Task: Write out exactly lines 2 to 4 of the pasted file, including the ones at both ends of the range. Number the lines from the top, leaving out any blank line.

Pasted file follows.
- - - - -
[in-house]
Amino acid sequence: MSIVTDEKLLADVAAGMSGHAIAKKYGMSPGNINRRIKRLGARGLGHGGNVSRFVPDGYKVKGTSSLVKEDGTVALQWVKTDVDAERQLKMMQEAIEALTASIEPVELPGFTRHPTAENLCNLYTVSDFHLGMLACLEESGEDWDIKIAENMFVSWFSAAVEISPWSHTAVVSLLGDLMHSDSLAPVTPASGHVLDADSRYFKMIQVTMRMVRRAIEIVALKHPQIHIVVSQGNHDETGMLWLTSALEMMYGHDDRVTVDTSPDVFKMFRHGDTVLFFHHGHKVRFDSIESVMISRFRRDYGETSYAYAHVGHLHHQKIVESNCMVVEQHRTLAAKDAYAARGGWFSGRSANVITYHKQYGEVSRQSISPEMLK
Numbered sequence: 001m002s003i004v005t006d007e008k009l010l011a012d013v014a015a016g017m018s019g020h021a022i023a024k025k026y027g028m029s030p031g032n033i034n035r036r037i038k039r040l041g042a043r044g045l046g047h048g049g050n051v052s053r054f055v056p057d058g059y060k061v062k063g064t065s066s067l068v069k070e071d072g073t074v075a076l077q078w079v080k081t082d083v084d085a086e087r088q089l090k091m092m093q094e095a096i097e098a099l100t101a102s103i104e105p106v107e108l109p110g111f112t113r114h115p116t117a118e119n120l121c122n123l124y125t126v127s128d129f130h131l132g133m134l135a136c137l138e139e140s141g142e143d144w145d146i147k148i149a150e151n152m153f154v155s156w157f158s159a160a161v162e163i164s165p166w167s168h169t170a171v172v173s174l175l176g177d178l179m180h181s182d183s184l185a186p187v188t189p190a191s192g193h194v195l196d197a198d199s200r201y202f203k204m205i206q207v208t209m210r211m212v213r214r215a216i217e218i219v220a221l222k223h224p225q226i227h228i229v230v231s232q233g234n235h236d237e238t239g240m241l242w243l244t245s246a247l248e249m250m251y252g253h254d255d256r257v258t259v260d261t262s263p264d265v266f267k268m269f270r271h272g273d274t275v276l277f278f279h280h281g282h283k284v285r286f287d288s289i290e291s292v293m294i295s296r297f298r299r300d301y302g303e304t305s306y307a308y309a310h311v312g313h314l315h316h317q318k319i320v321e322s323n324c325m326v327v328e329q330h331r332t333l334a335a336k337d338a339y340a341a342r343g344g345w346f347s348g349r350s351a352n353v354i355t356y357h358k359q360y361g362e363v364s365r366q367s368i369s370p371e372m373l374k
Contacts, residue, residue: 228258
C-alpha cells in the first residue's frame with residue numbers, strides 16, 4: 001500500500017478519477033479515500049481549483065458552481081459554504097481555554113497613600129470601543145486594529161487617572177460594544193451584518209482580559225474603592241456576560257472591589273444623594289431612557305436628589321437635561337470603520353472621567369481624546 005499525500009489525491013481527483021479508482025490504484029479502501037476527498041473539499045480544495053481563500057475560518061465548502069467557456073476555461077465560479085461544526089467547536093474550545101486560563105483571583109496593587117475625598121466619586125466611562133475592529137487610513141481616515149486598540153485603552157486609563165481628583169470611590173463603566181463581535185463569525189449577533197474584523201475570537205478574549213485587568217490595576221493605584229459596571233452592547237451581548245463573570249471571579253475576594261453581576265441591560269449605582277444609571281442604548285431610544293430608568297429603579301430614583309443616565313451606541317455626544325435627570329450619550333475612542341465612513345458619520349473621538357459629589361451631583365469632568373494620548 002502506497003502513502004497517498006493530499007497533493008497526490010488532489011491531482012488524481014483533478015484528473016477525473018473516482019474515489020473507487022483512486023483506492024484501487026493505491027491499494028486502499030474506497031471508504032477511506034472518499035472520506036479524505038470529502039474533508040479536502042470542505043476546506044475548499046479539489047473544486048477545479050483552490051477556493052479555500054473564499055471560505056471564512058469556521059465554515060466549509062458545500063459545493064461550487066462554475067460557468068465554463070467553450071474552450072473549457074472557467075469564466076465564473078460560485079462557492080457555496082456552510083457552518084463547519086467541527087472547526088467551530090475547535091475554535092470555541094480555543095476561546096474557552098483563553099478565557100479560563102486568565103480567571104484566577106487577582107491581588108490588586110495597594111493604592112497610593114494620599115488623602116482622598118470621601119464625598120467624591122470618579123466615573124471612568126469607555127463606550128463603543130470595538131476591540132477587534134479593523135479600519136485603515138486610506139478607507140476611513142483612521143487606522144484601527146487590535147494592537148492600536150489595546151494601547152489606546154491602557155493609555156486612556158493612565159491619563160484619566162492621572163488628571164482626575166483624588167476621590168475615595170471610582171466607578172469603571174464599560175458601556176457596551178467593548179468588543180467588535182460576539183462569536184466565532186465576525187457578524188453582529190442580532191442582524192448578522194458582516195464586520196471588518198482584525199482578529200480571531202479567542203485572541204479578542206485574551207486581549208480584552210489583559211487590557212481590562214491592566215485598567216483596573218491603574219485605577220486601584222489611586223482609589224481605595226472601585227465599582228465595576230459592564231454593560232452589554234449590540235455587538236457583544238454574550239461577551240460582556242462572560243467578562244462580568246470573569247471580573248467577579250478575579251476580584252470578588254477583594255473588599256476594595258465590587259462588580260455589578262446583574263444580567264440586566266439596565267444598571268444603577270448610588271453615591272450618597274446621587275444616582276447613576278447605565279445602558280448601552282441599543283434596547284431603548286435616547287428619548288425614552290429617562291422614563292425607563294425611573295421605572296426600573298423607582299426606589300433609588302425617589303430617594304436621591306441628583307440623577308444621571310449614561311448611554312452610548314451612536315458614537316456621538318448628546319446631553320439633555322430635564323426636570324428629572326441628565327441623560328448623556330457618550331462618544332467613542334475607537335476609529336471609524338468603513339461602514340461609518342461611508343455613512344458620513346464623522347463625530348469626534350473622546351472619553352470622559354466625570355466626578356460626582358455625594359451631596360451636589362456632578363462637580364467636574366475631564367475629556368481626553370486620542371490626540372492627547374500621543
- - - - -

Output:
Amino acid sequence: MSIVTDEKLLADVAAGMSGHAIAKKYGMSPGNINRRIKRLGARGLGHGGNVSRFVPDGYKVKGTSSLVKEDGTVALQWVKTDVDAERQLKMMQEAIEALTASIEPVELPGFTRHPTAENLCNLYTVSDFHLGMLACLEESGEDWDIKIAENMFVSWFSAAVEISPWSHTAVVSLLGDLMHSDSLAPVTPASGHVLDADSRYFKMIQVTMRMVRRAIEIVALKHPQIHIVVSQGNHDETGMLWLTSALEMMYGHDDRVTVDTSPDVFKMFRHGDTVLFFHHGHKVRFDSIESVMISRFRRDYGETSYAYAHVGHLHHQKIVESNCMVVEQHRTLAAKDAYAARGGWFSGRSANVITYHKQYGEVSRQSISPEMLK
Numbered sequence: 001m002s003i004v005t006d007e008k009l010l011a012d013v014a015a016g017m018s019g020h021a022i023a024k025k026y027g028m029s030p031g032n033i034n035r036r037i038k039r040l041g042a043r044g045l046g047h048g049g050n051v052s053r054f055v056p057d058g059y060k061v062k063g064t065s066s067l068v069k070e071d072g073t074v075a076l077q078w079v080k081t082d083v084d085a086e087r088q089l090k091m092m093q094e095a096i097e098a099l100t101a102s103i104e105p106v107e108l109p110g111f112t113r114h115p116t117a118e119n120l121c122n123l124y125t126v127s128d129f130h131l132g133m134l135a136c137l138e139e140s141g142e143d144w145d146i147k148i149a150e151n152m153f154v155s156w157f158s159a160a161v162e163i164s165p166w167s168h169t170a171v172v173s174l175l176g177d178l179m180h181s182d183s184l185a186p187v188t189p190a191s192g193h194v195l196d197a198d199s200r201y202f203k204m205i206q207v208t209m210r211m212v213r214r215a216i217e218i219v220a221l222k223h224p225q226i227h228i229v230v231s232q233g234n235h236d237e238t239g240m241l242w243l244t245s246a247l248e249m250m251y252g253h254d255d256r257v258t259v260d261t262s263p264d265v266f267k268m269f270r271h272g273d274t275v276l277f278f279h280h281g282h283k284v285r286f287d288s289i290e291s292v293m294i295s296r297f298r299r300d301y302g303e304t305s306y307a308y309a310h311v312g313h314l315h316h317q318k319i320v321e322s323n324c325m326v327v328e329q330h331r332t333l334a335a336k337d338a339y340a341a342r343g344g345w346f347s348g349r350s351a352n353v354i355t356y357h358k359q360y361g362e363v364s365r366q367s368i369s370p371e372m373l374k
Contacts, residue, residue: 228258